cdc_logo_Cargill.jpgThe CDC reported as of August 12, there are a total of 107 persons infected (with one death) with the outbreak strain of Salmonella Heidelberg have been reported from 31 states between February 27 and August 9, 2011. The number of ill persons identified in each state is as follows: Alabama (1), Arkansas (1), Arizona (3), California (6), Colorado (2), Georgia (2), Illinois (13), Indiana (1), Iowa (2), Kansas (1), Kentucky (2), Louisiana (1), Massachusetts (3), Maryland (1), Michigan (12), Minnesota (2), Mississippi (1), Missouri (4), Nebraska (2), Nevada (1), New York (2), North Carolina (3), Ohio (10), Oklahoma (1), Oregon (1), Pennsylvania (5), South Dakota (3), Tennessee (2), Texas (14), Utah (1), and Wisconsin (4).

On August 3, Cargill Meat Solutions Corporation, a Springdale, Arkansas establishment, recalled approximately 36 million pounds of ground turkey products with use or freeze by dates of 2/20/11 through 8/23/11 that may be contaminated with a multi-drug resistant strain of Salmonella Heidelberg.

Interestingly, in the August 4, CDC-USDA Telebriefing on the Salmonella Heidelberg Investigations the following exchange occurred:

Tom Skinner (CDC Media Relations): Shirley, we’ll take questions from two more callers, please.

Operator: Thank you. Next from Lisa Baertlein with Reuters. You may ask your question.

Lisa Baertlein (Reuters): Hi. Thanks for taking my question. I am wondering if the plant or the USDA inspectors are testing for—or were testing for Salmonella Heidelberg, and if so, when was the last time that happened?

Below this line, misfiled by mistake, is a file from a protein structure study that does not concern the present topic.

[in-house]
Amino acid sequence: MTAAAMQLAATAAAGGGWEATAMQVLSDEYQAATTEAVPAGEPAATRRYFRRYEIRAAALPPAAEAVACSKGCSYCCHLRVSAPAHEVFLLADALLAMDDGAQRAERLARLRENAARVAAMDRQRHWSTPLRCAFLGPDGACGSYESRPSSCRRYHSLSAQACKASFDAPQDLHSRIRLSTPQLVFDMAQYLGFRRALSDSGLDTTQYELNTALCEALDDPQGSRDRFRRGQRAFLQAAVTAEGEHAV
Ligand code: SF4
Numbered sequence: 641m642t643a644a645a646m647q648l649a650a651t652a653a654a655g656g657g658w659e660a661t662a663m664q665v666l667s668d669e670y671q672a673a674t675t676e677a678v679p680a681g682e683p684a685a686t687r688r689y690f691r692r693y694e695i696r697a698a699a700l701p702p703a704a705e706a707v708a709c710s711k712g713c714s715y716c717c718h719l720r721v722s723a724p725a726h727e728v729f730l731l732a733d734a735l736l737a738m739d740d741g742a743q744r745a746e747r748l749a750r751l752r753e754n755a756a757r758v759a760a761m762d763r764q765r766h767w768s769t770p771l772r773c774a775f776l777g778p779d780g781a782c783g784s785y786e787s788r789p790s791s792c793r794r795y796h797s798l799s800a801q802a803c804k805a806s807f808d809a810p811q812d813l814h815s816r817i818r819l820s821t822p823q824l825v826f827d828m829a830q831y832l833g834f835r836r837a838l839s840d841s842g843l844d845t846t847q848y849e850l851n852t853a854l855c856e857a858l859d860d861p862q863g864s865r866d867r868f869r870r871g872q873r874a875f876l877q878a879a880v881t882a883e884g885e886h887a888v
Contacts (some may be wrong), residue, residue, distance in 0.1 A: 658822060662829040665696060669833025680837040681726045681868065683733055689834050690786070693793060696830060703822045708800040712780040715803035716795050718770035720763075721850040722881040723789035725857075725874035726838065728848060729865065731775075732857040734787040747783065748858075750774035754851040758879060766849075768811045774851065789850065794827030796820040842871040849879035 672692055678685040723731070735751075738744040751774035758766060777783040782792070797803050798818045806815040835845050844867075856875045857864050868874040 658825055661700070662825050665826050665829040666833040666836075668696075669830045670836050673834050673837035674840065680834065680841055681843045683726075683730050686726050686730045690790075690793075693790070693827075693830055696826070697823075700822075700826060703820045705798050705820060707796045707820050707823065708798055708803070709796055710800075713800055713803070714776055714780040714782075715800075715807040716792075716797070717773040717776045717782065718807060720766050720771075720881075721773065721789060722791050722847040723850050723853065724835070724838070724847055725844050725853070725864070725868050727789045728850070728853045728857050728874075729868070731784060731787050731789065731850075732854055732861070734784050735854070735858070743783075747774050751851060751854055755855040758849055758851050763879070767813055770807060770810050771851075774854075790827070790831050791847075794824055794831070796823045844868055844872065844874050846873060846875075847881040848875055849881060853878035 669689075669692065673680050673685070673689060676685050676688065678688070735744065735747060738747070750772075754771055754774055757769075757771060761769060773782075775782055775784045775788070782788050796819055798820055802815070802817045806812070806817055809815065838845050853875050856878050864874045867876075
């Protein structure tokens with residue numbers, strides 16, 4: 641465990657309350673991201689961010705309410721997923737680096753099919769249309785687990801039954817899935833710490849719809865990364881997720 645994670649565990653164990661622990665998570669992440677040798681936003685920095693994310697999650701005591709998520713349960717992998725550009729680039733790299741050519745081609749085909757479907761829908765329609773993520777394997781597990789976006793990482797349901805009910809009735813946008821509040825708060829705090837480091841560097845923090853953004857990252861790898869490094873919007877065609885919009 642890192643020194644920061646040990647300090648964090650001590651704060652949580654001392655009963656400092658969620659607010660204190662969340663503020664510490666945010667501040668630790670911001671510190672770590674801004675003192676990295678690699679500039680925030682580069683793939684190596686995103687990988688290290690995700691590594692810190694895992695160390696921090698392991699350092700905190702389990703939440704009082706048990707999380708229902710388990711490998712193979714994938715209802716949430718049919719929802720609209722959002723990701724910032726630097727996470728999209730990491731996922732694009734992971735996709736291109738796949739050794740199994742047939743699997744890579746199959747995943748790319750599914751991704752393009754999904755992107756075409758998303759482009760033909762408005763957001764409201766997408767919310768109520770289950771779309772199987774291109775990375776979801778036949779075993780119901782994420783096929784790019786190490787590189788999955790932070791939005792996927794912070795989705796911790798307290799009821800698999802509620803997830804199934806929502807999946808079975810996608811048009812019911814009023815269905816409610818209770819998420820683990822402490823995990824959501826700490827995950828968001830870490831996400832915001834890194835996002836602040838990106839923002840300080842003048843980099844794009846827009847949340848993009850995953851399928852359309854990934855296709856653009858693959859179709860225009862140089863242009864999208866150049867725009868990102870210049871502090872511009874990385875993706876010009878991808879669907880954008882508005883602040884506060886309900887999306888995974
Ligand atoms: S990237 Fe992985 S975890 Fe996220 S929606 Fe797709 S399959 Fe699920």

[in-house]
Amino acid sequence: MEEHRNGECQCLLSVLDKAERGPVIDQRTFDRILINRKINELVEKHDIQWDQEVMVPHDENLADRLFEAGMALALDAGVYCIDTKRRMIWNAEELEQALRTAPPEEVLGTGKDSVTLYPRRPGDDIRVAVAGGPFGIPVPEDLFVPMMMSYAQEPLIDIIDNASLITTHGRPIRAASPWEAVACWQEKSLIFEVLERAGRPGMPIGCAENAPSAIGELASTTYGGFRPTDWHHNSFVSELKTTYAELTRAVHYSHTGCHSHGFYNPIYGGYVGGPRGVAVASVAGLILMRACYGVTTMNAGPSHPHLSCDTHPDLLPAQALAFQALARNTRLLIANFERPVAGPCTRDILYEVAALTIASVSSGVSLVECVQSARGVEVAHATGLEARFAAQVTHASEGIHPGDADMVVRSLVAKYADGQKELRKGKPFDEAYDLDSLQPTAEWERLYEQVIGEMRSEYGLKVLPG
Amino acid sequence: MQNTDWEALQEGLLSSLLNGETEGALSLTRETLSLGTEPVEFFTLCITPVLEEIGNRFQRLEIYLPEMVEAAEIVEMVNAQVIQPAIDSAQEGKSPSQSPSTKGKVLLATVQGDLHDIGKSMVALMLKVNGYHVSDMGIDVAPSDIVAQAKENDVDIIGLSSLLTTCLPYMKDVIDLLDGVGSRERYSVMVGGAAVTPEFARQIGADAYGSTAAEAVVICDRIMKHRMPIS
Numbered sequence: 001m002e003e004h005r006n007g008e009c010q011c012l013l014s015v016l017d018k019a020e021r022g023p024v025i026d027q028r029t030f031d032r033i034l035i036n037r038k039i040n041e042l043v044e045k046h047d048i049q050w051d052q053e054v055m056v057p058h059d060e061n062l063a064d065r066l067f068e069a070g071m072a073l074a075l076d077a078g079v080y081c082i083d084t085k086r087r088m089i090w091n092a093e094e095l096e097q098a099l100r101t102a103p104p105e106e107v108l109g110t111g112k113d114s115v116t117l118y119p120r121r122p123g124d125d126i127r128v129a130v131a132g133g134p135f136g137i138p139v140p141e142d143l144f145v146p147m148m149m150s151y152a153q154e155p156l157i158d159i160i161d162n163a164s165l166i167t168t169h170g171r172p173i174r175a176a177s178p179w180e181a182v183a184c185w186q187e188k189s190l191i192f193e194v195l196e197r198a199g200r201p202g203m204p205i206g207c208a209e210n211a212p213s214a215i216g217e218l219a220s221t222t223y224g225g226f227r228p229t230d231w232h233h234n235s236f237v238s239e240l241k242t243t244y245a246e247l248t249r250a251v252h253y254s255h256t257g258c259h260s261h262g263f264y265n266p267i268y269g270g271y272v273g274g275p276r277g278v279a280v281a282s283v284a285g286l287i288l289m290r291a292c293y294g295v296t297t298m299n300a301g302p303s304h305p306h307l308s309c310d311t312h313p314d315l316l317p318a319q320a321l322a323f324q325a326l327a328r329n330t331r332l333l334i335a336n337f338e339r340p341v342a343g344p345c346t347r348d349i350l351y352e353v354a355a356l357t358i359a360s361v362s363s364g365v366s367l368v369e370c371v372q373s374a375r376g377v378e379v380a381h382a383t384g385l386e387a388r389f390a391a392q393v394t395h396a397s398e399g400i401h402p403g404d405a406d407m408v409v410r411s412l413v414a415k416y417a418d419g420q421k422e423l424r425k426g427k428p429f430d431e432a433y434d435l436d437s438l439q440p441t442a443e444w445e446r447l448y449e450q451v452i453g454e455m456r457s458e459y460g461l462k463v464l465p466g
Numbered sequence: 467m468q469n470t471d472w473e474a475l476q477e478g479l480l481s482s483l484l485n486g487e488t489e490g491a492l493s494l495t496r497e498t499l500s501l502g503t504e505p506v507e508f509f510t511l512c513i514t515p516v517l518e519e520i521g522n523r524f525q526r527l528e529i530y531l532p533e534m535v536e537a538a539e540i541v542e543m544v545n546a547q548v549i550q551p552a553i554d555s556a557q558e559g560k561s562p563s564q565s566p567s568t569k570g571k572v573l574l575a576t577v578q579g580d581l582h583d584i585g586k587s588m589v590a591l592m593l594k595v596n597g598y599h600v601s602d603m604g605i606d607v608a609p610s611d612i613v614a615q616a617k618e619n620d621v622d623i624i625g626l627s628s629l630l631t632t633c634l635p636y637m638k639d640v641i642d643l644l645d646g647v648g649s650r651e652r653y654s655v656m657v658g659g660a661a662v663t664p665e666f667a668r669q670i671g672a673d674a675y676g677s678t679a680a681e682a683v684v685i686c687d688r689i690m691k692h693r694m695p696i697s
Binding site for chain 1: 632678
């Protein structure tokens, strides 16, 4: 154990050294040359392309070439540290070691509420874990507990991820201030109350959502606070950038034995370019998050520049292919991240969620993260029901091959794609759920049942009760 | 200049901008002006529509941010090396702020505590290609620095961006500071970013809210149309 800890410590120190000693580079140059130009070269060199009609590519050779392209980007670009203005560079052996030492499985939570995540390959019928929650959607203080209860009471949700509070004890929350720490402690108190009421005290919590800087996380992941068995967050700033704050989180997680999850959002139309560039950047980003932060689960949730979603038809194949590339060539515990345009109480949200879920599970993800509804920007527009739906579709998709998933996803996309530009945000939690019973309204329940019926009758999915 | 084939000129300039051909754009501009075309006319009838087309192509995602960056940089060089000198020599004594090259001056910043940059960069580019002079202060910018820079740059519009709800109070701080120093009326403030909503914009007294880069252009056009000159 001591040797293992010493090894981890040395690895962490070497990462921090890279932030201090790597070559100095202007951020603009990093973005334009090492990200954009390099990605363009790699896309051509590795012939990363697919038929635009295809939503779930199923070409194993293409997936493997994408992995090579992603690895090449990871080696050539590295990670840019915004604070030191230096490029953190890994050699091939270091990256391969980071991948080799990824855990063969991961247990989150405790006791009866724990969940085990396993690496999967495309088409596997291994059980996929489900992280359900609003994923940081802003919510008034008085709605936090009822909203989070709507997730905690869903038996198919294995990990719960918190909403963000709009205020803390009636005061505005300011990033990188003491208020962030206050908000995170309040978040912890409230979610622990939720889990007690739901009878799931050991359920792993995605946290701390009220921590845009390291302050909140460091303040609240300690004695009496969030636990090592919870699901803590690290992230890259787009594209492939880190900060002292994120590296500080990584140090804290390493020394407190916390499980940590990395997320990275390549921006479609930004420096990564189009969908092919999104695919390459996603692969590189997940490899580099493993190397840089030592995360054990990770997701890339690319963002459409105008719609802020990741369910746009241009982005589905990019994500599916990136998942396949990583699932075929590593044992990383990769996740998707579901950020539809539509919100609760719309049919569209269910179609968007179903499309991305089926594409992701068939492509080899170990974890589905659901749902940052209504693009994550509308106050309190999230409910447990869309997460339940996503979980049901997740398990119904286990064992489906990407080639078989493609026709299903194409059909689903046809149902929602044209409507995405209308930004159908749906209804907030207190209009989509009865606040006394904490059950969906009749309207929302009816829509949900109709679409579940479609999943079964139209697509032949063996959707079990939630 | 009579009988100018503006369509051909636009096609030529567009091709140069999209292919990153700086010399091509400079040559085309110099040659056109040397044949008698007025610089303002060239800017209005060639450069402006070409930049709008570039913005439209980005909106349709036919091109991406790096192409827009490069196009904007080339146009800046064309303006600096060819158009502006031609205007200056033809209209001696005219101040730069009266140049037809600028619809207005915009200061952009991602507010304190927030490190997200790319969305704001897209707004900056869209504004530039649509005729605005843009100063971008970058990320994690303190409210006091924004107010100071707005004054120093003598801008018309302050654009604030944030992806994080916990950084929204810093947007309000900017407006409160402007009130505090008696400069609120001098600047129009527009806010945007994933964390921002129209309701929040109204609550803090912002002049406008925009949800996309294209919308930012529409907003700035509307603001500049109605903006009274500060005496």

David Goldman (FSIS Assistant Administrator): Okay, this is Dr. Goldman again. We—as part of our testing program, we test on—as mentioned, periodic basis for a consecutive number of days of production. The last—and we call them sets, because it’s a group of tests that conducted over a period of time that we do as part of our verification activities. The last set in that plant was from 2010. And what we do is we isolate Salmonella, and then we conduct serotype testing, antimicrobial resistance testing as well as PFGE analysis on those isolates, and all of that gets fed into a database that communicates with PulseNet. So as I mentioned, the last set was done in that plant in 2010. And at that time there were three positive Salmonella Heidelberg isolates among the positives in that set. (my emphasis)

According to Reuters:

And the company said on Friday that Salmonella Heidelberg was detected at the Springdale plant even earlier than that March discovery.

Routine regulatory testing at the plant in June and July of 2010 found Salmonella Heidelberg on the surface of turkey before it was ground, Cargill spokesman Mike Martin said, but “no corrective action was required because of the low level found.” Martin added that Salmonella Heidelberg is one of the most common of the 2,400-plus strains of Salmonella

So, three positive Salmonella Heidelberg isolates found on turkey in the Arkansas Cargill plant in 2010. Can we presume that the three isolates are the outbreak strain of Salmonella Heidelberg found in this outbreak and recall? Perhaps Lisa needs to ask a follow-up question? Perhaps the recall should be extended before the use or freeze by dates of 2/20/11 through 8/23/11? Perhaps the recall should be larger that 36,000,000 pounds?